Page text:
Social media caught many unprepared when it soared in the early 2000s. Not even MySpace could have prepared us for what happened next. Yet phones and Facebook and more worked together to change the face of our world. Now, virtual reality is coming to transform social media.
Oculus Social is the official social experience provided by the super-hyped VR developer. Its functionality started on a very basic level: you and your three friends were represented by floating head avatars and you were all sitting in a private cinema where you could watch various videos. So, it was a great way to watch Mystery Science Theater 3000 on YouTube.
Since then, Oculus has added various games in addition to the movie-watching experience.. It is also available to the Samsung Gear VR platform, so you don‘t have to wait for the release of the Oculus headset.
It is a humble app for you and your three friends to engage in some social interaction. It features many scenic rooms – from beaches to cliff sides to Rome – where your four avatars can sit down and have a chat. Unlike in Oculus Social, you’re not a disembodied head – the avatars look like people – but you’re still chained to a chair. You can use a variety of developer-provided features to customize the appearance of your avatar, but you can’t upload your own creations.
VTime is somewhat basic in comparison to the larger VR software out there, but the simplicity belies its functionality: while vTime tracks and matches the headset movements to the head of the characters, it’s also simple enough for mobile phone users to join in.
It’s perfect as an entry-level VR social media platform, and its stylized graphics are endearing. Now it’s a matter of time before they add more functionality.
IMVU is old – it‘s a virtual social interaction service that started back in the long-forgotten 2004. It features interaction through 3D avatars in 3d chatroom spaces. In short, it’s something like downscaled Second Life. However, it still attracts three million users monthly – about 40 thousand are interacting right now.
IMVU offers rich customization through its creator program. 3D modeling savvy users can sell their creations that help to customize people’s avatars – all in exchange for either in-game (in-program?) credits or real life cash. However, to engage in this you already have to be VIP member, so you can’t just go selling your stuff at this instant.
IMVU are also chasing the future: they added VR chat rooms last year. This gave them a leg up in the race, as most social media interactions in VR are of limited interactivity anyways, and IMVU already enjoys a large audience. The trick for them is making their VR worlds more interactive in the future. On the other hand, the relative lack of technical complexity lets their software run on many platforms, including phones.
AltspaceVR is one of the ambitious contenders for the vaunted VR social media throne. It aims to provide VR spaces for people to interact with their friends. To that end, it employs many VR sensors, going as far as to use Microsoft Kinect to track the movements of head and hands. This physicality of VR interactions is at the forefront of what altspaceVR is offering – as their website states, “Nod, shake, laugh, wave. Talk, glance, whisper, cheek kiss. Lean, jump, fist bump. You do it. Your avatar does it too.”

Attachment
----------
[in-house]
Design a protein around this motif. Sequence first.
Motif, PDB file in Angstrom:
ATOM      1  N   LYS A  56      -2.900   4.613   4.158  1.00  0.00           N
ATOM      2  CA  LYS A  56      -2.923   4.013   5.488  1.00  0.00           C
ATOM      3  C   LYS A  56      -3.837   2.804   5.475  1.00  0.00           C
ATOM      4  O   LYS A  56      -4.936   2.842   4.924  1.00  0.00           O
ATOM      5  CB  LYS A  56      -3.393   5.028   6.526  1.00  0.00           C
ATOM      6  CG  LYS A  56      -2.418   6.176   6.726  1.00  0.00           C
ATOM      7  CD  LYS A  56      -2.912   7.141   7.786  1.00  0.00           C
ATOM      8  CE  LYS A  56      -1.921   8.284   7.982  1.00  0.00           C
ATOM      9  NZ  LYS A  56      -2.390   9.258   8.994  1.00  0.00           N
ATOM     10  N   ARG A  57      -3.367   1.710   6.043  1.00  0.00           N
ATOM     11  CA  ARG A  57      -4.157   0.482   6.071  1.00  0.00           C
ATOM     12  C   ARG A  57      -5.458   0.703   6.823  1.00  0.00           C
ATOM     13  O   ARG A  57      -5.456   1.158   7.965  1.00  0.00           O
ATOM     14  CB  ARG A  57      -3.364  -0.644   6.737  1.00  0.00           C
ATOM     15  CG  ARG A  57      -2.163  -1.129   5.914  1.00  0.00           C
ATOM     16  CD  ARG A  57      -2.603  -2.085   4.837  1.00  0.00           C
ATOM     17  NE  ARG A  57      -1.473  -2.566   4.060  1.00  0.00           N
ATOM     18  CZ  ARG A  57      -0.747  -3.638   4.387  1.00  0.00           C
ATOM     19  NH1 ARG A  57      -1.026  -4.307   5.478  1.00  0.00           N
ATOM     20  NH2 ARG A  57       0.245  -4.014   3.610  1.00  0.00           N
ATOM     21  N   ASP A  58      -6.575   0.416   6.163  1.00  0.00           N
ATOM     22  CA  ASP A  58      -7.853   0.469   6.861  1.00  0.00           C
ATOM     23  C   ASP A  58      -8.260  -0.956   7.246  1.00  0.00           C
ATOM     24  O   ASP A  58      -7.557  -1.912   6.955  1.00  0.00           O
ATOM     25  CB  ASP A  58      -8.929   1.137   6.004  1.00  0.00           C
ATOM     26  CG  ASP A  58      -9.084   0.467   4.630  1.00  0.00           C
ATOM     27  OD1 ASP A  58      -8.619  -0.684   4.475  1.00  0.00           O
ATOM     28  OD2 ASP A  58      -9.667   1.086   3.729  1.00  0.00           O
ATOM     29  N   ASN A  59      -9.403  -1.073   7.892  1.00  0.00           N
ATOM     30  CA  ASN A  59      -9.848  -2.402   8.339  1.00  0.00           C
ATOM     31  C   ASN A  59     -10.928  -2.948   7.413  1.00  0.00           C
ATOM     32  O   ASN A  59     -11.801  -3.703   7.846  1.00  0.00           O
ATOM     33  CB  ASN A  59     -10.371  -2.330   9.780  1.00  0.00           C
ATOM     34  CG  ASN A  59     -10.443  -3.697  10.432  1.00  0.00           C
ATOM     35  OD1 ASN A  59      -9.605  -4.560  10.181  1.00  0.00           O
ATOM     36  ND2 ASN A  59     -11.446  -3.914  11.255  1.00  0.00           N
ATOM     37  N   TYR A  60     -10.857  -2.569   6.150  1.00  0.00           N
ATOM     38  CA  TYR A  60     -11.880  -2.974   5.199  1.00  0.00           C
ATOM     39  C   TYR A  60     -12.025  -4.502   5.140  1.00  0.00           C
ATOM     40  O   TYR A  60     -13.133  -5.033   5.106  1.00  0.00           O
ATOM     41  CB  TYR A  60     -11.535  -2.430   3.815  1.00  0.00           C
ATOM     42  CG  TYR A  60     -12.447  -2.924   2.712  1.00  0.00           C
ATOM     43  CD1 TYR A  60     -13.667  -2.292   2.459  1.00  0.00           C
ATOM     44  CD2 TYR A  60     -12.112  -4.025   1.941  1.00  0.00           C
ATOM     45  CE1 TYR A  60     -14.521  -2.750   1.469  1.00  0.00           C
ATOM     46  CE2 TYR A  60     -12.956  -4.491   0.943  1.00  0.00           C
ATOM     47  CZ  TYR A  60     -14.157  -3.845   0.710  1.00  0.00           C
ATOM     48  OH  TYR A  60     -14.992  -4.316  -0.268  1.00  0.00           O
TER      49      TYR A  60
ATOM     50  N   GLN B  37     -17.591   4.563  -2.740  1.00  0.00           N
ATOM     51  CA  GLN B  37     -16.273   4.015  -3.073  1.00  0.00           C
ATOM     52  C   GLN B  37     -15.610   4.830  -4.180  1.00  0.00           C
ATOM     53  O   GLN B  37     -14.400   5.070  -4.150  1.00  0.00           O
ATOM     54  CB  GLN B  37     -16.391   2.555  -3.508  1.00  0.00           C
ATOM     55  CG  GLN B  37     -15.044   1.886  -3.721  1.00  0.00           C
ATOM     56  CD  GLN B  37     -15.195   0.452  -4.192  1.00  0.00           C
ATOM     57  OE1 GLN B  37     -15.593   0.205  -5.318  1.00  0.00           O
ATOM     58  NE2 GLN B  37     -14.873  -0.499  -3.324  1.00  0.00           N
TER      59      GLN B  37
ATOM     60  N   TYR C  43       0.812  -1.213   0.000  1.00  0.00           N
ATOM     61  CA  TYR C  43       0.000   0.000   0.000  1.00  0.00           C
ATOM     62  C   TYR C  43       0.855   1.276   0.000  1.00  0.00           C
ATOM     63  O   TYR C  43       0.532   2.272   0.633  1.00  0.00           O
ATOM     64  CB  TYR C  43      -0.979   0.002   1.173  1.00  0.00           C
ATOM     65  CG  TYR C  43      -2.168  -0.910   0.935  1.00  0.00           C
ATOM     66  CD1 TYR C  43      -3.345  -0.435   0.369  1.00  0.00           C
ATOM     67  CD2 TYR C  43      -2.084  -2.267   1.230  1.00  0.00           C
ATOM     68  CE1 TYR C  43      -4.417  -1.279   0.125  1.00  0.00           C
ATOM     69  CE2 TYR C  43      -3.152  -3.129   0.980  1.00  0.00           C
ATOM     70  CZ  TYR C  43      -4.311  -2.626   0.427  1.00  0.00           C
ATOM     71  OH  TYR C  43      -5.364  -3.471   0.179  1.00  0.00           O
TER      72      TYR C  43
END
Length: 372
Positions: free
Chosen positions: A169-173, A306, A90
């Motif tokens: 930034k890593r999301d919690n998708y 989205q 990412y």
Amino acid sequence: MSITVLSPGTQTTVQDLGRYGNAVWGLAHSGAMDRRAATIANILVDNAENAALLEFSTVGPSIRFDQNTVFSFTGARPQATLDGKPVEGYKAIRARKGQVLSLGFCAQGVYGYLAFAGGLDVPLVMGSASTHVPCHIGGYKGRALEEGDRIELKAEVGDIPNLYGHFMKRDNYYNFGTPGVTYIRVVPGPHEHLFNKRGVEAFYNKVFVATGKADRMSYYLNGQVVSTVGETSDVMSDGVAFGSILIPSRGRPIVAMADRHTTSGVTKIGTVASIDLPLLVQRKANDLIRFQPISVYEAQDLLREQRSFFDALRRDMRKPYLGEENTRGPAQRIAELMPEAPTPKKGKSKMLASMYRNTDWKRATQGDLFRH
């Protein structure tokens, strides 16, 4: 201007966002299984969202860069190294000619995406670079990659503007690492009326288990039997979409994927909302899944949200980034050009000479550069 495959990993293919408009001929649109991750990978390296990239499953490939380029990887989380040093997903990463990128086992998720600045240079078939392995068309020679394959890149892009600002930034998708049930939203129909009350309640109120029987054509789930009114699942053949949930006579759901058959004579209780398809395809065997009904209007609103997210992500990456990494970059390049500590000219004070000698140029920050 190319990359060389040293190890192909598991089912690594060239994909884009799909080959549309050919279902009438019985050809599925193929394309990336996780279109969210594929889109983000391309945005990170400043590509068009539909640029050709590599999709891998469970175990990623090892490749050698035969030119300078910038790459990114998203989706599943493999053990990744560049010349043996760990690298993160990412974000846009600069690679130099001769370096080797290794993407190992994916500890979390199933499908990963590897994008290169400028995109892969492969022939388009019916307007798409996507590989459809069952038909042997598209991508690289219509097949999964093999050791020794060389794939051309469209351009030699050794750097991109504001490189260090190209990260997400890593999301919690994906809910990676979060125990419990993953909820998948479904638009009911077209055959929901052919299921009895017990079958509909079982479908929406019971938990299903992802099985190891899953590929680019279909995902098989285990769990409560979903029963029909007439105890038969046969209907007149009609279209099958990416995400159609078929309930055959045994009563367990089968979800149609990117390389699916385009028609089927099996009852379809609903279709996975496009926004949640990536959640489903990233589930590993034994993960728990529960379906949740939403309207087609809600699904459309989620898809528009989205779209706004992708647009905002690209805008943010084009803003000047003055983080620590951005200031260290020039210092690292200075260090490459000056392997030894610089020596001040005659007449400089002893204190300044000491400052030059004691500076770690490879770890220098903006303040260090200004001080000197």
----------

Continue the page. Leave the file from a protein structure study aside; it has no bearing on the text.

Interactions happen in altspaceVR’s spaces, which are released by the developers. The consumer chooses the kind of room they want to host – for example, there are areas for watching movies together, and there is a spooky old inn for playing Dungeons and Dragons. It doesn’t look like the users have much agency in their appearance or the construction of the rooms, but who knows what awaits in the future?
“In less time than it takes to deploy a website, anyone can launch their own shareable, scalable and immersive virtual reality environment” is one of the first statements on the High Fidelity website. So think of it as a future version of a website-making site. From virtual storefronts to anything else you can dream up, High Fidelity wants to be there for you.
Project Sansar comes – or will come – from Linden Labs, the creators of Second Life social videogame. Its release date is supposed to be some time 2016, and the VR experiences will be optimized for headsets like Oculus, but also available on PC.
The most important aim of the project is the democratization of VR creation processes, which is supposed to make it more accessible to people who don’t have the resources or the engineering know-how of professional studios. Sansar will support creation, publishing and monetizing VR spaces while also relieving of the burden of caring about “hosting and distribution, multi-user access and communication systems, virtual currency and regulatory compliance” and other challenges to creatives.
Their goal is to be to VR what Word Press is for regular internet. Sansar aims to extend the variety of VR uses to many areas, „from gaming and entertainment to education, architecture, art, community-building, business meetings, healthcare, conferences, training, and more.” Of course, we don’t have much information to go by thus far, but we can only hope.
So there you have it. The future of VR social media is being there together with your friends. Ir ranges from somewhat basic virtual chat rooms that provide the sense of presence (and keep you from getting distracted back in the real world) to spaces you can build up to your imagination. And with facial and motion capture, you’re almost there. Almost.